Evacuations after Severe Nuclear Accidents by Dr Ian Fairlie, January 27, 2018:
This article discusses three related matters –
- The experience of evacuations during the Fukushima nuclear disaster
- Whether lengthy evacuations from large cities are feasible?
- Some emergency plans for evacuations in North America
If another severe nuclear accident, such as Windscale (in 1957), Chernobyl (1986) or Fukushima (2011) were to occur then the adverse health effects would primarily depend on wind direction and on the nature of the accident. The main responses to a nuclear disaster are shelter, evacuation and stable iodine prophylaxis. The most important, in terms of preventing future cancer epidemics, is evacuation. This article is based on North American evacuation plans. Little is known of UK emergency evacuation plans as few, if any, are publicly available.
In North American plans, if a severe nuclear accident were to occur, able citizens would be requested to leave designated evacuation/no entry zones under their own steam and to find accommodation with family and friends in uncontaminated areas. At the same time, Government authorities would evacuate prisons, hospitals, nursing homes, care homes and certain schools.
Little, if any, consideration seems to have been given to how long such evacuations would last. For example, the large majority of the 160,000 people who left or were evacuated from Fukushima Prefecture, Japan during the accident in March 2011 are still living outside the Prefecture. Many are living in makeshift shelters eg shipping containers or prefab houses.
At present, the Japanese Government is attempting to force evacuees (by withdrawing state compensation) to return to less contaminated areas, with little success. Currently, ~7 years after the accident, an area of about 1,000 square km is still subject to evacuation and no entry orders. This compares with the area of 2,700 square km still evacuated and subject to no or restricted entry at Chernobyl ~32 years after the accident.
(b) Experience of the Fukushima Evacuation
In 2015 and 2016, the author visited Fukushima Prefecture in Japan with international study teams. These study tours were informative as they revealed information about the evacuations that differed from official accounts by TEPCO and the Japanese Government. From many discussions with local mayors, councillors, local health groups and small community groups, the following information was revealed.
The most common figure cited for evacuees is 160,000, of which 80,000 were evacuated by the authorities and the rest left on their own, often on foot, cycles and carts. It took about two weeks to evacuate all parts of the initial 20 km (later 30 km) radius evacuation areas around the Fukushima reactors.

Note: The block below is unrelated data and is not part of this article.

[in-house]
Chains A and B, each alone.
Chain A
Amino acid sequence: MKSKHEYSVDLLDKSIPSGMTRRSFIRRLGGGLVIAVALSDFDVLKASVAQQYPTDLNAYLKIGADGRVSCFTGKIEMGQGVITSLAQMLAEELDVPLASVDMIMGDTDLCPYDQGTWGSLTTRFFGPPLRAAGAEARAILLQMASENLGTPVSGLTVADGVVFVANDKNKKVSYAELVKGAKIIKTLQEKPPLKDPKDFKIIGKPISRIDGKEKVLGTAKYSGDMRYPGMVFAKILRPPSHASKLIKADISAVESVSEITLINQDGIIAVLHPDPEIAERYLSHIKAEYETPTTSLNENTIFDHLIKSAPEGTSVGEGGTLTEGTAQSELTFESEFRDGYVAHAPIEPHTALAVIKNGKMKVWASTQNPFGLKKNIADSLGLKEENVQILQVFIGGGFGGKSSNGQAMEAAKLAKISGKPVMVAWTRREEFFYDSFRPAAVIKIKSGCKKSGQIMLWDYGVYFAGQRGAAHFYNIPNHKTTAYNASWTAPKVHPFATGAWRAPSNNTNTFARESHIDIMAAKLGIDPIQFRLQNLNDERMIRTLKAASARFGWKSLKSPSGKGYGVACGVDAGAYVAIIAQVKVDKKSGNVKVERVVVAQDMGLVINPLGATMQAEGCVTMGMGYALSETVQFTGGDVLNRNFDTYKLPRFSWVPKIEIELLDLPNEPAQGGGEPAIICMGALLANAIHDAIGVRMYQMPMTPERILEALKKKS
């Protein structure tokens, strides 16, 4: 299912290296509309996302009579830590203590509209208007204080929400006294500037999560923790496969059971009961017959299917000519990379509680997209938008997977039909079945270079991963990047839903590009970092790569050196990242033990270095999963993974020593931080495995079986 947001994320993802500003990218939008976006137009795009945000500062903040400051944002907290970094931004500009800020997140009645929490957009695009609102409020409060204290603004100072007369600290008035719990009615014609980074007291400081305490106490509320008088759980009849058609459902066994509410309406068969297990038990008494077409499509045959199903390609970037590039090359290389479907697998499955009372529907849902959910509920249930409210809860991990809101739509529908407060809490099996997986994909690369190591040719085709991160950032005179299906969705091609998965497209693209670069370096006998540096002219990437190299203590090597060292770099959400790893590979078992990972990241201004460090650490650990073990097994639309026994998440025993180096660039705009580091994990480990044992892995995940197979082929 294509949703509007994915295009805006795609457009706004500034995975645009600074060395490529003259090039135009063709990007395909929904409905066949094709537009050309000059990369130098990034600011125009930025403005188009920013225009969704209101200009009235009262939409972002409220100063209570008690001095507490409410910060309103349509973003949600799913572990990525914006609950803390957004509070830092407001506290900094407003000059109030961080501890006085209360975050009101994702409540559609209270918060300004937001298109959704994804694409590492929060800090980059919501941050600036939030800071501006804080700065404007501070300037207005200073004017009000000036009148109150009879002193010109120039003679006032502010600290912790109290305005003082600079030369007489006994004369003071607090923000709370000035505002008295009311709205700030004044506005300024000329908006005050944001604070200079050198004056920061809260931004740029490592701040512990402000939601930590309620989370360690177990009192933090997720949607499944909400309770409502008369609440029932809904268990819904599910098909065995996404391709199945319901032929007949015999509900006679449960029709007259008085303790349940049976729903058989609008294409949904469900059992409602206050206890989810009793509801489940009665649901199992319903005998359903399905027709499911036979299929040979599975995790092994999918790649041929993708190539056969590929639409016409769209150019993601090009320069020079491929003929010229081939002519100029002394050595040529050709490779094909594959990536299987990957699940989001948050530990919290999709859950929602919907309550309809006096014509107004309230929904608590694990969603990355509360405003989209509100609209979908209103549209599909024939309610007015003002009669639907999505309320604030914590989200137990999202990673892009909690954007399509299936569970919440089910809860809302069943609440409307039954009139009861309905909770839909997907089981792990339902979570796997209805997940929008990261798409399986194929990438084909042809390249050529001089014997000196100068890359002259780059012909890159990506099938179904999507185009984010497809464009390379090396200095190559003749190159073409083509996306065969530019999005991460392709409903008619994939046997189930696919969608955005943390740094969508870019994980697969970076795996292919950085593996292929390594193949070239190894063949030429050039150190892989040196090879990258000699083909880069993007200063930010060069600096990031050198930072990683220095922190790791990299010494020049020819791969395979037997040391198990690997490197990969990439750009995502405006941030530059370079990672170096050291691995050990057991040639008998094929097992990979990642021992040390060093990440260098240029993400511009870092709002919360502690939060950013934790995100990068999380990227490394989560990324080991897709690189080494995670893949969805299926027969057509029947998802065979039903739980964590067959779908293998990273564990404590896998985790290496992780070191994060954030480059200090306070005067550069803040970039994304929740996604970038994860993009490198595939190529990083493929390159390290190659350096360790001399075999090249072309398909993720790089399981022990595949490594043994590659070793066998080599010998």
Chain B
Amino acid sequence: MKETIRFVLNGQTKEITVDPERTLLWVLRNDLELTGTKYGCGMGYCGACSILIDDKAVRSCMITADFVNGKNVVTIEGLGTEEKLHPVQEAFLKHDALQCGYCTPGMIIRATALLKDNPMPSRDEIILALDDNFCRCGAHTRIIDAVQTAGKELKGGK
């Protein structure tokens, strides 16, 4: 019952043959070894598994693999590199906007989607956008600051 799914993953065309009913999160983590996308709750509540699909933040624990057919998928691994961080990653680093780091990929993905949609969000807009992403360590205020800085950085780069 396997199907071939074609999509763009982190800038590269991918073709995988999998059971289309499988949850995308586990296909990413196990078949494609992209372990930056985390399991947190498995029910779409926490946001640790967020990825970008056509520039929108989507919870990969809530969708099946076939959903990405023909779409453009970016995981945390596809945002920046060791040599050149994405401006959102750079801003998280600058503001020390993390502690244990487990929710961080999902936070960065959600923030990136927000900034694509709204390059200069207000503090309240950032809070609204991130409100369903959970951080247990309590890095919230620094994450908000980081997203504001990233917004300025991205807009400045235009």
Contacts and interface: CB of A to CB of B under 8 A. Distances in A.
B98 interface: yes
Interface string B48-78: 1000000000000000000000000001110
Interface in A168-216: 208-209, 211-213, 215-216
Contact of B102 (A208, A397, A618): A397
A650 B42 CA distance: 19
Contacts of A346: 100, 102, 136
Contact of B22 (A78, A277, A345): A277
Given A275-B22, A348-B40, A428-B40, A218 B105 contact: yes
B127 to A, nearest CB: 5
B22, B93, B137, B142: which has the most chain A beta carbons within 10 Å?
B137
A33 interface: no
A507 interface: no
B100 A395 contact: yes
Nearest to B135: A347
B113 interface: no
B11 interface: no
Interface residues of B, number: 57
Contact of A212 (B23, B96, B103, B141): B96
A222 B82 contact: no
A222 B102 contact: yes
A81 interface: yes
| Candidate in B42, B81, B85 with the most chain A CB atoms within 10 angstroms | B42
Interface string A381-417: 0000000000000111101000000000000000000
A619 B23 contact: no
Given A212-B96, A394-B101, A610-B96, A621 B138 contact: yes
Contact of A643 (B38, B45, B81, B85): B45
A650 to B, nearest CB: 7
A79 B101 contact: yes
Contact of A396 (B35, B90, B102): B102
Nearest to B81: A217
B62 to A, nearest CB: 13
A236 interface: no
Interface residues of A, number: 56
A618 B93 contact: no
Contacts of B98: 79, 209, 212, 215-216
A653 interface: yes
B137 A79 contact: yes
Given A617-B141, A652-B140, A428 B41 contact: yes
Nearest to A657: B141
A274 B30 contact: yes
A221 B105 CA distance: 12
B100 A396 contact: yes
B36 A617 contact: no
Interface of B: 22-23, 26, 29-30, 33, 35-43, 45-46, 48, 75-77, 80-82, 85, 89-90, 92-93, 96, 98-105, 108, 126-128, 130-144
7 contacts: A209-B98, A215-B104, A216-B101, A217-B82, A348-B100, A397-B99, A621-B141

The main reason for the delays was that many roads in the Prefecture were jammed with gridlocks which sometimes lasted 24 hours a day, for several days on end on some roads. These traffic jams were partly due to the poor existing road infrastructure and partly due to many road accidents. These jams were of such severity that safety crews for the Fukushima nuclear station had to be moved in and out mostly by helicopter. All public transport by trains and buses ceased. Mobile telephone networks and the internet crashed due to massive demand.
Thousands of people either refused to leave their homelands or returned later. Older farmers often refused to leave their animals behind or be moved from their ancestral lands. In at least a dozen recorded cases, older farmers slaughtered their cow herds rather than leave them behind (dairy cows need to be milked daily): they then committed suicide themselves in several instances (see next section).
According to Hachiya et al (2014), the disaster adversely affected the telecommunications system, water supplies, and electricity supplies including radiation monitoring systems. The local hospital system was dysfunctional; hospitals designated as radiation-emergency facilities were unable to operate because of damage from the earthquake and tsunami, and some were located within designated evacuation zones. Emergency personnel, including fire department personnel, were often asked to leave the area.
At hospitals, evacuations were sometimes carried out hurriedly with the unfortunate result that patients died due to intravenous drips being ripped out, medicaments being left behind, the absence of doctors and nurses who had left, and ambulance road accidents (see next section). Many hastily-allocated reception centres (often primary schools) were either unable or ill-equipped to deal with seriously ill patients.
Much confusion resulted when school children were being bussed home, while their parents were trying to reach schools to collect their children. Government officials, doctors, nurses, care workers, police, firepersons, ambulance drivers, emergency crews, teachers, etc faced the dilemma of whether to stay at their posts or return to look after their families. In the event, many emergency crews refused to enter evacuation zones for fear of radiation exposure.